Submitted to: Poultry Science Association Meeting Abstract
Publication Type: Abstract Only
Publication Acceptance Date: April 17, 2006
Publication Date: July 16, 2006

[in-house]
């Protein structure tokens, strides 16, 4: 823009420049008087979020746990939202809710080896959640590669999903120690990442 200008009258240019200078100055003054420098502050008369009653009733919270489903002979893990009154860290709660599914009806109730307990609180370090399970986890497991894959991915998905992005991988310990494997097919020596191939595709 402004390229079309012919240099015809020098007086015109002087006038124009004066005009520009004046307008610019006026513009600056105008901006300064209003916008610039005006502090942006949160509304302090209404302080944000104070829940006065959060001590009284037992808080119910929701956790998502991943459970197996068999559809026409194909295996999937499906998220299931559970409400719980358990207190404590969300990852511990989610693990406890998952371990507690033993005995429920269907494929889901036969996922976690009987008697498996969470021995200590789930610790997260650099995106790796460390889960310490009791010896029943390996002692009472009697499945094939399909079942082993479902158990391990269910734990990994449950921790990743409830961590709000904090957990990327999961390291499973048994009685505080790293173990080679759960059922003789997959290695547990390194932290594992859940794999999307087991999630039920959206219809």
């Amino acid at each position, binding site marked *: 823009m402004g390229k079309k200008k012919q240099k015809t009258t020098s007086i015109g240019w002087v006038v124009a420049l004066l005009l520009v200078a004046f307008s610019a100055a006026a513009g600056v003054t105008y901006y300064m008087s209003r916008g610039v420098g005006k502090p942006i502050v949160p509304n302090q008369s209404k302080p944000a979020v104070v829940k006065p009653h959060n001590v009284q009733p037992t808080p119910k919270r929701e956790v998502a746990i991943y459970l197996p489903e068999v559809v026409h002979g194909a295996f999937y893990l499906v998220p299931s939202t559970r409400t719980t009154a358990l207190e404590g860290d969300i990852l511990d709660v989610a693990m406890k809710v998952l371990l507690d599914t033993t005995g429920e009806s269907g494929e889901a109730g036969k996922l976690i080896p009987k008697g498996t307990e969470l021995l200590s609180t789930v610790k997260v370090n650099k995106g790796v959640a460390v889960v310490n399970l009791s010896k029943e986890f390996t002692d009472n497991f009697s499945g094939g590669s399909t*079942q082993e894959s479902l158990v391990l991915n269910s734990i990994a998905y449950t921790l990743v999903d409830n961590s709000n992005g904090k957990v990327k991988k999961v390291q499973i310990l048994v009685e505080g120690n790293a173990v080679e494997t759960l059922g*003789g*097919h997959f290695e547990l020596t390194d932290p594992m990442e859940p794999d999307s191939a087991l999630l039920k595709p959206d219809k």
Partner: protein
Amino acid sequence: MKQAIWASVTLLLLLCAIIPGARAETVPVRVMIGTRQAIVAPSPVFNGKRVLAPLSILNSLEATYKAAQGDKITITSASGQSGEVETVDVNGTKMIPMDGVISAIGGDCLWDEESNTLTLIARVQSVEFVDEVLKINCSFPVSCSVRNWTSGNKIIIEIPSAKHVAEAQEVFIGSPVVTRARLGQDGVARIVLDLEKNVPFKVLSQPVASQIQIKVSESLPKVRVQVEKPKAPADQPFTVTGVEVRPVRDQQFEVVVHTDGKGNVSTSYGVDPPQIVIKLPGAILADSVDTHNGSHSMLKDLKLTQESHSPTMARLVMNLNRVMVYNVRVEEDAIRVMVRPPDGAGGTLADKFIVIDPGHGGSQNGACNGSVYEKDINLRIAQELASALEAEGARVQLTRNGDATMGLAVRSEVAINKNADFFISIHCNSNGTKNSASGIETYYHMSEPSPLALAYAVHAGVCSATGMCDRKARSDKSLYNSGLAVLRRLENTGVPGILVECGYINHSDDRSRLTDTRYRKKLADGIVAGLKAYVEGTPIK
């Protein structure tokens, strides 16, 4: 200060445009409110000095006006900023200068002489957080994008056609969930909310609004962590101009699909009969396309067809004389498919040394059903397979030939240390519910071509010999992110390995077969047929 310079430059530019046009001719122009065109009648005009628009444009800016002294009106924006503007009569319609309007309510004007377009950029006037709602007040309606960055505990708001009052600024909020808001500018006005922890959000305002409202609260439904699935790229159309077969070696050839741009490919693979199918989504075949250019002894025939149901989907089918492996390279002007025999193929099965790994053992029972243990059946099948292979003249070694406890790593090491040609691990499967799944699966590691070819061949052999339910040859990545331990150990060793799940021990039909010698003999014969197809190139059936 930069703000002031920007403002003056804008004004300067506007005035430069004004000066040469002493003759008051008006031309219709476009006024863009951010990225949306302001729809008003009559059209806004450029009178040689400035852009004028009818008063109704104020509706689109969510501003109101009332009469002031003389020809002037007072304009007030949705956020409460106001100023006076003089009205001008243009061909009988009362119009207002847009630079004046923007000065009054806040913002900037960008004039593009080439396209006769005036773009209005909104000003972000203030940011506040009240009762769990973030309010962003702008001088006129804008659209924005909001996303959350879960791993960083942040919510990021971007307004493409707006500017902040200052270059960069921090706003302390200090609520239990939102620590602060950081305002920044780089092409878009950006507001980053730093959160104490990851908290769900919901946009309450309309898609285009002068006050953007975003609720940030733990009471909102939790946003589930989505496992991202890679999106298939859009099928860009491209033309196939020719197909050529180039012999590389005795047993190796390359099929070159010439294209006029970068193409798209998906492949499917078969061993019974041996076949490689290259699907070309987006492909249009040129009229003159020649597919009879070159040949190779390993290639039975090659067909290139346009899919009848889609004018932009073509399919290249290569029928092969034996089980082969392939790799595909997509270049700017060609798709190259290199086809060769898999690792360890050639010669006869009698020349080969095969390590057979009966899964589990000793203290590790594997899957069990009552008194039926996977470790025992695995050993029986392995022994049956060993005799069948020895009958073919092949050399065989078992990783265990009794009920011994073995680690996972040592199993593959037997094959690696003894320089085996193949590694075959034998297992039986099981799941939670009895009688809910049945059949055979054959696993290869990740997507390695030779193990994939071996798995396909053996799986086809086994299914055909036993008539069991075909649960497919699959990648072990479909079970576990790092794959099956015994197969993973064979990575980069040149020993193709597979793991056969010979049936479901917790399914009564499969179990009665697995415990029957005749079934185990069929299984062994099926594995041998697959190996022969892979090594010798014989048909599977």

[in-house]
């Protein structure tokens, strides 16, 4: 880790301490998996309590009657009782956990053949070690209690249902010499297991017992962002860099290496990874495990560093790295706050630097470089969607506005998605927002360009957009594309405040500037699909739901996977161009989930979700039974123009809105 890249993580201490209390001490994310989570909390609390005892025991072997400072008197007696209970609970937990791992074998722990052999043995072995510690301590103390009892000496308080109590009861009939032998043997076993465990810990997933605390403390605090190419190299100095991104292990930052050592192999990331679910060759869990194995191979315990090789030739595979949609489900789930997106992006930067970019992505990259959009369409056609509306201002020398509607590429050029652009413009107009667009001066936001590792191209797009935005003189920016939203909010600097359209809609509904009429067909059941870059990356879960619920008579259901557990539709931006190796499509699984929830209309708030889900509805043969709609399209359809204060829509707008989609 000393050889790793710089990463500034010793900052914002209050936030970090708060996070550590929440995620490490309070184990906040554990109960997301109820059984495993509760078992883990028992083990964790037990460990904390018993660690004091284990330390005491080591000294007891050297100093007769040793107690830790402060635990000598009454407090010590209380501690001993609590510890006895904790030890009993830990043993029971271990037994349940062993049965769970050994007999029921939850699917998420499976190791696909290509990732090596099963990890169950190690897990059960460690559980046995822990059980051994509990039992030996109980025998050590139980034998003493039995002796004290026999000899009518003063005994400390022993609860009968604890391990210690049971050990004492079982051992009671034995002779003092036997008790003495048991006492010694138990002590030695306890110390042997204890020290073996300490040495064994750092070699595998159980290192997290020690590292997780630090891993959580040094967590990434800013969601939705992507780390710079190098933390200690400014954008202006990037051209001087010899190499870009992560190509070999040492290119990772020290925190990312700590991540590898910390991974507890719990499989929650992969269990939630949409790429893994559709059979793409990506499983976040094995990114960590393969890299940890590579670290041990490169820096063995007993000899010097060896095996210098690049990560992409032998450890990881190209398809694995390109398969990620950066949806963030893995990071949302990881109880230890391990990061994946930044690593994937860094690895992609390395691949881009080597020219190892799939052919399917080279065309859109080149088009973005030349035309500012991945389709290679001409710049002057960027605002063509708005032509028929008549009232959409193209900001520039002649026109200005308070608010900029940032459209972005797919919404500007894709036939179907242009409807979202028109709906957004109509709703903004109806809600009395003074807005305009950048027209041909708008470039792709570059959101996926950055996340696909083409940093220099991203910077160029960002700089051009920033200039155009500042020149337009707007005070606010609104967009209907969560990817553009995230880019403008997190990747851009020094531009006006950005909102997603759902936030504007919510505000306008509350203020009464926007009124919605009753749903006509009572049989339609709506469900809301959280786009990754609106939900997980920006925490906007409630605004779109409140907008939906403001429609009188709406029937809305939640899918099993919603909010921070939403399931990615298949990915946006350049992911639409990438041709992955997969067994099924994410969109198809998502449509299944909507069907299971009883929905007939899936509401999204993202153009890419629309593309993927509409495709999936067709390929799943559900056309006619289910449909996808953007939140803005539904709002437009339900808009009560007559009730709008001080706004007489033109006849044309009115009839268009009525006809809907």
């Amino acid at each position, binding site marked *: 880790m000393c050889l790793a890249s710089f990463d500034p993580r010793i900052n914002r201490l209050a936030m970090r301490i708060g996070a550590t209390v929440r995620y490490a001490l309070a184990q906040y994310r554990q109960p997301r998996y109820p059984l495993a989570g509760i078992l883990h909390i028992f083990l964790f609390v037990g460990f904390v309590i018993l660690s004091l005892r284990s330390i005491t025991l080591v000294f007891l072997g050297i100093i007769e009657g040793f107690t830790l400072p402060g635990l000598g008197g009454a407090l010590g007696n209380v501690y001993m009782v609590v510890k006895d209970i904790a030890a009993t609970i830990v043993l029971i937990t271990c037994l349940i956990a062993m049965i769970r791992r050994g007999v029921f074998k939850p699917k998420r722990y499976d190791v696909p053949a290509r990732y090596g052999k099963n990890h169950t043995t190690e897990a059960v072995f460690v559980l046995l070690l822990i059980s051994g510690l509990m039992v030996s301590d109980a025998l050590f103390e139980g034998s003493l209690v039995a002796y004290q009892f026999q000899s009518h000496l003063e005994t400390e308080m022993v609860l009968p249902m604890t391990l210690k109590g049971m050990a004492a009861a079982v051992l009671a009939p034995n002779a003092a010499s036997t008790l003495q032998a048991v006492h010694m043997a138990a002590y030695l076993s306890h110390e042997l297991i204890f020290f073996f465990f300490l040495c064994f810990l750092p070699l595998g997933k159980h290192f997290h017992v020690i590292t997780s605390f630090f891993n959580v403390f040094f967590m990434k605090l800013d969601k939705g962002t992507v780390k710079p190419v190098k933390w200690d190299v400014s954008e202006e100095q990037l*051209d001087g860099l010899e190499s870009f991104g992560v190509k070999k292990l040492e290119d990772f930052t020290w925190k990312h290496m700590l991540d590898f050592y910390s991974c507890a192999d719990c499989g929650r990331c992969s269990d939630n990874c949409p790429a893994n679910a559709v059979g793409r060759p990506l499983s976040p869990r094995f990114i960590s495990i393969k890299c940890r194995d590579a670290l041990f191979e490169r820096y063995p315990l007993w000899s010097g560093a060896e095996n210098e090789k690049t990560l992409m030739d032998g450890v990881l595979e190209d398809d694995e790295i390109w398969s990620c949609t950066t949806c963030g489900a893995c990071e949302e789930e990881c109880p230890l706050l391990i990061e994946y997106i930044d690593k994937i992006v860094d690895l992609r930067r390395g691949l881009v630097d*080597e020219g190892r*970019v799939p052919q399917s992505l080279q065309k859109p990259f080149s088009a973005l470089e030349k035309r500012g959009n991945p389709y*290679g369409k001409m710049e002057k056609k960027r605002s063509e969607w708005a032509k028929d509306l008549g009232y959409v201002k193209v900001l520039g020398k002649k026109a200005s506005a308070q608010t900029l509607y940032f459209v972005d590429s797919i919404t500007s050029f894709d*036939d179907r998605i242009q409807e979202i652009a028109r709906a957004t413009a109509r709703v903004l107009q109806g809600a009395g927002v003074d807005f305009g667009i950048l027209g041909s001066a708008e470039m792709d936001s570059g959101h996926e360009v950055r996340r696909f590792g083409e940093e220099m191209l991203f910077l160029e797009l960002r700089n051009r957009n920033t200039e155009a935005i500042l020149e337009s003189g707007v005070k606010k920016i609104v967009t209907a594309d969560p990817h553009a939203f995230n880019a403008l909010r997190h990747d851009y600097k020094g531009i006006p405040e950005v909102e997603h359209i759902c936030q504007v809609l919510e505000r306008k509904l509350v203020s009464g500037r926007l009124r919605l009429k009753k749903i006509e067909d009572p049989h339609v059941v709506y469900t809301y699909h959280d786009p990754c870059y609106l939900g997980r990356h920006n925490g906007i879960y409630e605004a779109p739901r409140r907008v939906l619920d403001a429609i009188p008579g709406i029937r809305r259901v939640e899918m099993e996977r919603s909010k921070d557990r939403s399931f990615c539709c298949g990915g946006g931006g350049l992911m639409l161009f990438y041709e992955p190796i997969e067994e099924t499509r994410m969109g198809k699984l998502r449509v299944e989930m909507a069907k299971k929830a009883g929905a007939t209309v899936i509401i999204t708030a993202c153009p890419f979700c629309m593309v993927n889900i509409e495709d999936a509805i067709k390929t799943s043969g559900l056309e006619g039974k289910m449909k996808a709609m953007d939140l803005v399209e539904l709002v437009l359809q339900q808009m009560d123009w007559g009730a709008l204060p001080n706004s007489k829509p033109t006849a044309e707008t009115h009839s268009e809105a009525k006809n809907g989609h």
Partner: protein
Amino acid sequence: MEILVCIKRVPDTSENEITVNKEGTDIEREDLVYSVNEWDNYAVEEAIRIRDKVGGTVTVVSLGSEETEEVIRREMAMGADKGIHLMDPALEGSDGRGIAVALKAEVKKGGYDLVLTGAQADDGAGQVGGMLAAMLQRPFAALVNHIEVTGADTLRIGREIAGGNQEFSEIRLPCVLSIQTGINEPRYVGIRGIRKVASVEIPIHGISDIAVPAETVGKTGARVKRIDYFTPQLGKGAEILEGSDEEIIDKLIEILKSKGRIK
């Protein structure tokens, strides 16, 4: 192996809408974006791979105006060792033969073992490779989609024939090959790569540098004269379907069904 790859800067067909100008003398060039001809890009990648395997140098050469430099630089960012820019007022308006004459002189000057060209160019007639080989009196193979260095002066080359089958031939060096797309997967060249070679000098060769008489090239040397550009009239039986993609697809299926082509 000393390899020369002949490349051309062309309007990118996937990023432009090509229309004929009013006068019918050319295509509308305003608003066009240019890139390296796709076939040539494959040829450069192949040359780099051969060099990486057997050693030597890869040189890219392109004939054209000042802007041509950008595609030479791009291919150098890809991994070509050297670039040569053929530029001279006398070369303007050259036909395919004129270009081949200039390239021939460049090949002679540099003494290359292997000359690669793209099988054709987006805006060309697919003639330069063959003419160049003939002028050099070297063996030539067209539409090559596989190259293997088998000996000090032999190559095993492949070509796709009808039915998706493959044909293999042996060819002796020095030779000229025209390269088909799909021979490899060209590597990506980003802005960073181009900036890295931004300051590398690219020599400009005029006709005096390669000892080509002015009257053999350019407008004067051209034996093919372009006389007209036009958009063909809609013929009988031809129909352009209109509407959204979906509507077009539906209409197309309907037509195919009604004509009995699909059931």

Citation: Cox Jr, N.A., Buhr, R.J., Musgrove, M.T., Richardson, L.J., Cray, P.J. 2006. Natural presence of campylobacter and salmonella in the spleen, liver/gallbladder and reproductive tract of commercial leghorn laying hens. Poultry Science Association Meeting Abstract. 85(1):77. Technical Abstract: Campylobacter and Salmonella are known to cause acute bacterial gastroenteritis in humans and poultry products have been implicated as a significant source of these infections. The objective of this study was to determine whether Campylobacter and Salmonella could be isolated from the reproductive tissues, lymphoid organs, liver/gallbladder and ceca of commercial leghorn laying hens. Two flocks were sampled. Hens (n=15) were obtained at 58 and 104 wk of age from separate facilities. Hens were euthanized, de-feathered and necropsy aseptically performed. To minimize the possibility of cross-contamination between samples, the ovarian follicles, spleen, liver/gallbladder, upper (infundibulum, magnum, and isthmus) and lower (shell gland and vagina) reproductive tracts were aseptically removed prior to the ceca. Individual samples were placed in sterile bags, packed on ice and transported to the laboratory for evaluation. In this study naturally colonized Campylobacter spp. were found in 3/10 ovarian follicles, 1/15 spleens, 4/15 liver/gallbladders, 7/10 upper reproductive tracts, 7/10 lower reproductive tracts, and 12/15 ceca. Naturally colonized Salmonella were found in 1/10 ovarian follicles, 1/15 liver/gallbladders, and 1/15 ceca but was not recovered from the spleen, upper or lower reproductive tract. Campylobacter were present in 93% of the hens sampled and Salmonella were present in 13% of the hens sampled in this study. The results of this study clearly show that commercial table egg laying hens housed in cages on wire floors, without the presence of roosters were naturally colonized with Salmonella and Campylobacter in their internal organs, reproductive and intestinal tracts.